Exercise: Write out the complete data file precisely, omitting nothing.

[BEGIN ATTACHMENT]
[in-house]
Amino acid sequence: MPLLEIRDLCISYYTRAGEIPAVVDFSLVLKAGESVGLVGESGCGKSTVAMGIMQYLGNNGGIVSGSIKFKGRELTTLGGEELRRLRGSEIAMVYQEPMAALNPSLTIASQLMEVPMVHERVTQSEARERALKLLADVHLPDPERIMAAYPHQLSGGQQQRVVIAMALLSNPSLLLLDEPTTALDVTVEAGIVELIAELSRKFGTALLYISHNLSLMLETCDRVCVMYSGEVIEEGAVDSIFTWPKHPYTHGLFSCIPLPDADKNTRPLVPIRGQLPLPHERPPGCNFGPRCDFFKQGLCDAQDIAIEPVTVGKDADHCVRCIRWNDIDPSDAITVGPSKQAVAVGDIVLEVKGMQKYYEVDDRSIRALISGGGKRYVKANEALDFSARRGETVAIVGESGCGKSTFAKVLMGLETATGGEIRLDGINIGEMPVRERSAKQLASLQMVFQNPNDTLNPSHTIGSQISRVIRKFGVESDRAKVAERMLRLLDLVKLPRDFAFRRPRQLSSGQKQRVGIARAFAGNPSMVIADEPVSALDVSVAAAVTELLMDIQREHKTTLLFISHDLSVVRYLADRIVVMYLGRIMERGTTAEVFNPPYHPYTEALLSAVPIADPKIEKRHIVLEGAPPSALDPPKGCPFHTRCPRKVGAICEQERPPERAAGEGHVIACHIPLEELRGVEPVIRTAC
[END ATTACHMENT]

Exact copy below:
[in-house]
Amino acid sequence: MPLLEIRDLCISYYTRAGEIPAVVDFSLVLKAGESVGLVGESGCGKSTVAMGIMQYLGNNGGIVSGSIKFKGRELTTLGGEELRRLRGSEIAMVYQEPMAALNPSLTIASQLMEVPMVHERVTQSEARERALKLLADVHLPDPERIMAAYPHQLSGGQQQRVVIAMALLSNPSLLLLDEPTTALDVTVEAGIVELIAELSRKFGTALLYISHNLSLMLETCDRVCVMYSGEVIEEGAVDSIFTWPKHPYTHGLFSCIPLPDADKNTRPLVPIRGQLPLPHERPPGCNFGPRCDFFKQGLCDAQDIAIEPVTVGKDADHCVRCIRWNDIDPSDAITVGPSKQAVAVGDIVLEVKGMQKYYEVDDRSIRALISGGGKRYVKANEALDFSARRGETVAIVGESGCGKSTFAKVLMGLETATGGEIRLDGINIGEMPVRERSAKQLASLQMVFQNPNDTLNPSHTIGSQISRVIRKFGVESDRAKVAERMLRLLDLVKLPRDFAFRRPRQLSSGQKQRVGIARAFAGNPSMVIADEPVSALDVSVAAAVTELLMDIQREHKTTLLFISHDLSVVRYLADRIVVMYLGRIMERGTTAEVFNPPYHPYTEALLSAVPIADPKIEKRHIVLEGAPPSALDPPKGCPFHTRCPRKVGAICEQERPPERAAGEGHVIACHIPLEELRGVEPVIRTAC